Search Site   
Current News Stories
EPA says Western Lake Erie Basin not impaired
Campus Chatter - June 22, 2017
Market impact unlikely here from north Plains’ drought
After rains, portions of Midwest entering first stages of drought
Universities join commission to research food nutrition, security
OSU research team focusing on greenhouse improvement
Sickly tree leaves in two Iowa counties may trace to ag chemicals
Indiana farmer, ag instructor Monsanto Farm Mom of Year
Colleagues remember MSU expert’s dedication, research
Farm-to-school grant winners tasked with buying local
Ohio farmer turns loads of trash into nutrient treasure
   
News Articles
Search News  
   
Highly anticipated stinky bloom thrills Ohio university watchers

 
By CELESTE BAUMGARTNER
Ohio Correspondent

OXFORD, Ohio — A plant at Miami University caused a big stink recently, when more than 3,000 people came to see the “Corpse Flower,” a Titan Arum, in bloom.

It is considered to be the largest inflorescence (cluster of flowers) on Earth, said Jack Keegan, greenhouse manager and instructor. The Corpse Flower name comes from the rotten scent it emits to attract pollinators. “You could smell it from a block away,” he said.
The 12-year-old plant, which was on display at the university’s Ethel Belk Greenhouse, was started from seed and it reached nearly five feet tall and three feet wide in full bloom. This was its first flower. The bloom lasted about two days and the aroma was the strongest on the first evening of bloom.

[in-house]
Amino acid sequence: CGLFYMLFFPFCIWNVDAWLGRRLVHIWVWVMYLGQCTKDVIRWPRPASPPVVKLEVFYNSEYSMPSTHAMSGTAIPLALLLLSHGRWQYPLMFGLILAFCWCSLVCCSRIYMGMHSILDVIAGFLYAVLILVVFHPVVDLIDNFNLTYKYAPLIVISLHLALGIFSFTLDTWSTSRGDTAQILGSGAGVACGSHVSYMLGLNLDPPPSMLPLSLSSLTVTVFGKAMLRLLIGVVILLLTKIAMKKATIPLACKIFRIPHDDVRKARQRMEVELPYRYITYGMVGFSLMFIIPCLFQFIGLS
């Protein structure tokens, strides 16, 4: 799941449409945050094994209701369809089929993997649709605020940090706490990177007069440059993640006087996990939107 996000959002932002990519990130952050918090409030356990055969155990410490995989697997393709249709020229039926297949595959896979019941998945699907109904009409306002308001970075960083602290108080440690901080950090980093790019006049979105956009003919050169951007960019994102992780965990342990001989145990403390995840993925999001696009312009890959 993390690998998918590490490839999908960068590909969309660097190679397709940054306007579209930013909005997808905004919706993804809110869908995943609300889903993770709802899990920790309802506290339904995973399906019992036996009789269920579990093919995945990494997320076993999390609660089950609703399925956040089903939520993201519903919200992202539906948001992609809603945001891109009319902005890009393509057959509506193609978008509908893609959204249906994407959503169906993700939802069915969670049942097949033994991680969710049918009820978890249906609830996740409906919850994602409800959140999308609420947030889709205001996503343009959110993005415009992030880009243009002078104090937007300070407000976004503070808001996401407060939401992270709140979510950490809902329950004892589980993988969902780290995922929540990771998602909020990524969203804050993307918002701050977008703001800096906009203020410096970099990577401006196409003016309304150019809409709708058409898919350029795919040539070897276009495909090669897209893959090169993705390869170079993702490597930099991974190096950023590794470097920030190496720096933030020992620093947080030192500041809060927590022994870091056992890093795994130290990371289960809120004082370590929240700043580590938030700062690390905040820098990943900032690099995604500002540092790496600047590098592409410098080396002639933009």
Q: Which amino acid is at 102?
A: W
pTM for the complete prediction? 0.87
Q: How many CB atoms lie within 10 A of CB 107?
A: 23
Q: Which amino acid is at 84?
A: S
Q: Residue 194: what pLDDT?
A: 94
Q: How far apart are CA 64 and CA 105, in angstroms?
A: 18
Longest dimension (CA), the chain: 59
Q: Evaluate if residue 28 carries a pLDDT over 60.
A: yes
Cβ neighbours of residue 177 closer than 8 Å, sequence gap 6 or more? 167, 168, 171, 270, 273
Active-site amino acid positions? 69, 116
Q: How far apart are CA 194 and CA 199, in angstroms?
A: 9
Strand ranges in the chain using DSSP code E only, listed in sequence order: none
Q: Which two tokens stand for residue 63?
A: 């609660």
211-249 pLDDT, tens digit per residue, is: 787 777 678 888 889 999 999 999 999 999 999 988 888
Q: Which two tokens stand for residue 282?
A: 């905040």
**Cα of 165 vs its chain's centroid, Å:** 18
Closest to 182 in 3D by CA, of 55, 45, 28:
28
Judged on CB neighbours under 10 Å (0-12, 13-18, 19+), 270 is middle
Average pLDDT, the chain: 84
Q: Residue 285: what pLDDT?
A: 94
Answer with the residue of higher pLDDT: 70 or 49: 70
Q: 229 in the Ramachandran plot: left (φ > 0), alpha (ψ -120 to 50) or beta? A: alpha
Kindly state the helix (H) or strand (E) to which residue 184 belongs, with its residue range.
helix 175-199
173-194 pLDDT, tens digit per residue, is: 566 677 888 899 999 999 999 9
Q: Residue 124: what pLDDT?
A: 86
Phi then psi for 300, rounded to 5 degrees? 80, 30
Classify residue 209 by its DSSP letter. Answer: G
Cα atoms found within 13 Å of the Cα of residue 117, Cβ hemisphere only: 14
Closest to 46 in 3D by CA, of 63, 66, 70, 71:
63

“The first evening was the most important because that was when it was ‘calling’ the pollinators (carrion beetles and flies), so that’s when it really stinks,” Keegan explained. “It not only stinks, but it also, like skunk cabbage, which is a relative, raised its temperature to almost 100 degrees; it actually warms up the air so it smells even more.”

The bloom was anticipated for almost a week before it actually opened. During that time the university kept a webcam on it, which was streamed online. The website had 100,000 views.
The Titan Arum is native to the rainforests in Sumatra, Indonesia, Keegan said. It is on the threatened list of plants. It can reach heights of 20 feet. Fewer than 200 worldwide have ever bloomed in cultivation; this is the fourth in Ohio.

After the plant starts from seed, it puts up a single leaf that lasts for 9-10 months. It then dies back for about four months before sending up another leaf, usually larger than the first one, Keegan said. Eventually it will make a single leaf that can be 20 feet high and 16 feet across. The largest flower ever recorded was over 10 feet tall.

The seed of the university plant came from Miami alumni, Joan Leonard, who currently runs the biological greenhouse at Ohio State University. She grew the plant for a number of years before donating it to the Belk Greenhouse.

The Belk Greenhouse, at Miami University’s Boyd Hall on Western Avenue, is open to the public Monday through Friday, 8 a.m.-5 p.m. The greenhouse has other Titan Arum plants in leaf.
4/17/2013